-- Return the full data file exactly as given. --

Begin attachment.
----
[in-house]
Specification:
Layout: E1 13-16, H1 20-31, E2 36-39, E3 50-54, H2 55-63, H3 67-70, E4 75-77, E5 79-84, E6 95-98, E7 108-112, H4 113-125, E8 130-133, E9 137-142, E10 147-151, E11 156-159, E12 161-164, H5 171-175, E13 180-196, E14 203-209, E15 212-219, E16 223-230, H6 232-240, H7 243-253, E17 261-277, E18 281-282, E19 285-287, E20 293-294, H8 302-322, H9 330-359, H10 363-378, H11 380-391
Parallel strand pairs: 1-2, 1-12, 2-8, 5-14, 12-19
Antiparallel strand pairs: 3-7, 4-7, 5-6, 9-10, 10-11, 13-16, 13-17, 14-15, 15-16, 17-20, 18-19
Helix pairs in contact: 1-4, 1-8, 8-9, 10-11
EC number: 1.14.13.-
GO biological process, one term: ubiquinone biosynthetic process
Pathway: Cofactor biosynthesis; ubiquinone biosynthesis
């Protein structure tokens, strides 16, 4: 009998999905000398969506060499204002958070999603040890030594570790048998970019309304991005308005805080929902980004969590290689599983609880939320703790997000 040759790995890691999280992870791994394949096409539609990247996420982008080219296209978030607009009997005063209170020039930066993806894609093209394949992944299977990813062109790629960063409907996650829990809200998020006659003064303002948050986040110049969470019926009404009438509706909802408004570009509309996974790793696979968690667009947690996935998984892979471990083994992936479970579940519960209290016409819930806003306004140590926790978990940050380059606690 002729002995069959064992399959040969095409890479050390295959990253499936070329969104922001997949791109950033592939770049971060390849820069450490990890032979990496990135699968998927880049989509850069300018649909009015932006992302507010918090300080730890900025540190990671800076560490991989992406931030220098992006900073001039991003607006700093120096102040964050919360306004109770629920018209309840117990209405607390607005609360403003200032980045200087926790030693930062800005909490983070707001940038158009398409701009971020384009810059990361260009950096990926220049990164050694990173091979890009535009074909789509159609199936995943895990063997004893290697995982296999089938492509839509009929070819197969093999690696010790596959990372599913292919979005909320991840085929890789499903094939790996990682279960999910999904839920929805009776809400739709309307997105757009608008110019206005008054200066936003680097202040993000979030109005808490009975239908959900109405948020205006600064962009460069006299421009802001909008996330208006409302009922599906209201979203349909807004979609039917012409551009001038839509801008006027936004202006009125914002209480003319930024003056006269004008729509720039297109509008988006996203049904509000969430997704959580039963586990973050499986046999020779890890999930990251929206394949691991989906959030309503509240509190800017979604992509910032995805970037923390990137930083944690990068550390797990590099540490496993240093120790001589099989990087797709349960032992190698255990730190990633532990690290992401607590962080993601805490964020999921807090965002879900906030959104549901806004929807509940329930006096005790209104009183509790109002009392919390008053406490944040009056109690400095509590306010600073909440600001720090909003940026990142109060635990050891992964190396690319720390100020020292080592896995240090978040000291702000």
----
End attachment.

[in-house]
Specification:
Layout: E1 13-16, H1 20-31, E2 36-39, E3 50-54, H2 55-63, H3 67-70, E4 75-77, E5 79-84, E6 95-98, E7 108-112, H4 113-125, E8 130-133, E9 137-142, E10 147-151, E11 156-159, E12 161-164, H5 171-175, E13 180-196, E14 203-209, E15 212-219, E16 223-230, H6 232-240, H7 243-253, E17 261-277, E18 281-282, E19 285-287, E20 293-294, H8 302-322, H9 330-359, H10 363-378, H11 380-391
Parallel strand pairs: 1-2, 1-12, 2-8, 5-14, 12-19
Antiparallel strand pairs: 3-7, 4-7, 5-6, 9-10, 10-11, 13-16, 13-17, 14-15, 15-16, 17-20, 18-19
Helix pairs in contact: 1-4, 1-8, 8-9, 10-11
EC number: 1.14.13.-
GO biological process, one term: ubiquinone biosynthetic process
Pathway: Cofactor biosynthesis; ubiquinone biosynthesis
């Protein structure tokens, strides 16, 4: 009998999905000398969506060499204002958070999603040890030594570790048998970019309304991005308005805080929902980004969590290689599983609880939320703790997000 040759790995890691999280992870791994394949096409539609990247996420982008080219296209978030607009009997005063209170020039930066993806894609093209394949992944299977990813062109790629960063409907996650829990809200998020006659003064303002948050986040110049969470019926009404009438509706909802408004570009509309996974790793696979968690667009947690996935998984892979471990083994992936479970579940519960209290016409819930806003306004140590926790978990940050380059606690 002729002995069959064992399959040969095409890479050390295959990253499936070329969104922001997949791109950033592939770049971060390849820069450490990890032979990496990135699968998927880049989509850069300018649909009015932006992302507010918090300080730890900025540190990671800076560490991989992406931030220098992006900073001039991003607006700093120096102040964050919360306004109770629920018209309840117990209405607390607005609360403003200032980045200087926790030693930062800005909490983070707001940038158009398409701009971020384009810059990361260009950096990926220049990164050694990173091979890009535009074909789509159609199936995943895990063997004893290697995982296999089938492509839509009929070819197969093999690696010790596959990372599913292919979005909320991840085929890789499903094939790996990682279960999910999904839920929805009776809400739709309307997105757009608008110019206005008054200066936003680097202040993000979030109005808490009975239908959900109405948020205006600064962009460069006299421009802001909008996330208006409302009922599906209201979203349909807004979609039917012409551009001038839509801008006027936004202006009125914002209480003319930024003056006269004008729509720039297109509008988006996203049904509000969430997704959580039963586990973050499986046999020779890890999930990251929206394949691991989906959030309503509240509190800017979604992509910032995805970037923390990137930083944690990068550390797990590099540490496993240093120790001589099989990087797709349960032992190698255990730190990633532990690290992401607590962080993601805490964020999921807090965002879900906030959104549901806004929807509940329930006096005790209104009183509790109002009392919390008053406490944040009056109690400095509590306010600073909440600001720090909003940026990142109060635990050891992964190396690319720390100020020292080592896995240090978040000291702000």